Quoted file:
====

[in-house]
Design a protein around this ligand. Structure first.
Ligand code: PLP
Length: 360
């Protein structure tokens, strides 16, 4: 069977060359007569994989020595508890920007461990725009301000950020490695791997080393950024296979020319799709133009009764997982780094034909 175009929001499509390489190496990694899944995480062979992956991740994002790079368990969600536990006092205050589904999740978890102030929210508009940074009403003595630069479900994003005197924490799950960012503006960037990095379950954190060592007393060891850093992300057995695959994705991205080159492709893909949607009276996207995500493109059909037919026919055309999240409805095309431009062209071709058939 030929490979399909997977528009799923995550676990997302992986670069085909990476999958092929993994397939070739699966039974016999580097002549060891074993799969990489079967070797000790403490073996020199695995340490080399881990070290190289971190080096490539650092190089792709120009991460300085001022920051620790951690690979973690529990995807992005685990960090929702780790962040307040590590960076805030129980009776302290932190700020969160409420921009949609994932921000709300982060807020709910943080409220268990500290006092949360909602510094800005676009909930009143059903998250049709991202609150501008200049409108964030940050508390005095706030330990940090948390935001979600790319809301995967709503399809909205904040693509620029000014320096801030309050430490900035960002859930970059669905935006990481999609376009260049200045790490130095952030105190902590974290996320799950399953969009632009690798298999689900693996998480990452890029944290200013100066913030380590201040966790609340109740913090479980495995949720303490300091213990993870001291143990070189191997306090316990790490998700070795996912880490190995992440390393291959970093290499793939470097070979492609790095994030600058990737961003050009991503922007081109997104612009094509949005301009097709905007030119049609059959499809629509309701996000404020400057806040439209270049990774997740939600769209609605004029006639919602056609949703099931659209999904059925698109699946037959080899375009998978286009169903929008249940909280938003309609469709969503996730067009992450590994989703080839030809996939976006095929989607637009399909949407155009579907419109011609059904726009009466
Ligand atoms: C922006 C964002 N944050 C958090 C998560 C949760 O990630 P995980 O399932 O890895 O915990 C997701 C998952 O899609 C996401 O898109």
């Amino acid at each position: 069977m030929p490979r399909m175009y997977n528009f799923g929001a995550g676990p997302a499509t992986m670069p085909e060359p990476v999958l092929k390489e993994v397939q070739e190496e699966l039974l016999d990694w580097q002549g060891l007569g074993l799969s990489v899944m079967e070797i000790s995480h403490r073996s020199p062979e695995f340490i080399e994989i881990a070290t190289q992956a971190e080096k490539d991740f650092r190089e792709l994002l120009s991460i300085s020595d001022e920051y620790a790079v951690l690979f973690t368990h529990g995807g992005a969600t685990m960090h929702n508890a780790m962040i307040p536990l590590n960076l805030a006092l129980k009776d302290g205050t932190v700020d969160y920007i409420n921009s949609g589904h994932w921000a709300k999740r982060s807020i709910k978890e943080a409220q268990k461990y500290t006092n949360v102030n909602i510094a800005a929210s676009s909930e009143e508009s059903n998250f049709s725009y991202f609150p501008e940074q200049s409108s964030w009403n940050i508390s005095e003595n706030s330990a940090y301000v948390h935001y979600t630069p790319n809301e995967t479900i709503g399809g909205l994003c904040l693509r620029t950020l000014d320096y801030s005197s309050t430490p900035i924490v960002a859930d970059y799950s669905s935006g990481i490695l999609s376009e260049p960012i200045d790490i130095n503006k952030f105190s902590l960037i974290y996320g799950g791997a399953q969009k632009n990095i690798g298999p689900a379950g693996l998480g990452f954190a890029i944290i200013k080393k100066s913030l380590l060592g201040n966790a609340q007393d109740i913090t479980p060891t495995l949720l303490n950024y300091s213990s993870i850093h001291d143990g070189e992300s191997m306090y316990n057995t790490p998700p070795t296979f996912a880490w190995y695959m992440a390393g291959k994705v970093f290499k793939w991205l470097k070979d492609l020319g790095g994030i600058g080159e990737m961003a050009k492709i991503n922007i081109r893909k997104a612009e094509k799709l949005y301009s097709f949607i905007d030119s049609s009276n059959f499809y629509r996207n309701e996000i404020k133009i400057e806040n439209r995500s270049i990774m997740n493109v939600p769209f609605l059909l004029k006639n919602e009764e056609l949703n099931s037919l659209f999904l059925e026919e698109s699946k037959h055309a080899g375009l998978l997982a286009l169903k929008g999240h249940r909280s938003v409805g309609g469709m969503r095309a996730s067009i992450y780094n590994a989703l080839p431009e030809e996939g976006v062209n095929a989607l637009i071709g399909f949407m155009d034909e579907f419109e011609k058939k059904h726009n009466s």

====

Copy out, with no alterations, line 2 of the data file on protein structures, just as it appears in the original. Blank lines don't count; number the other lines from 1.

Design a protein around this ligand. Structure first.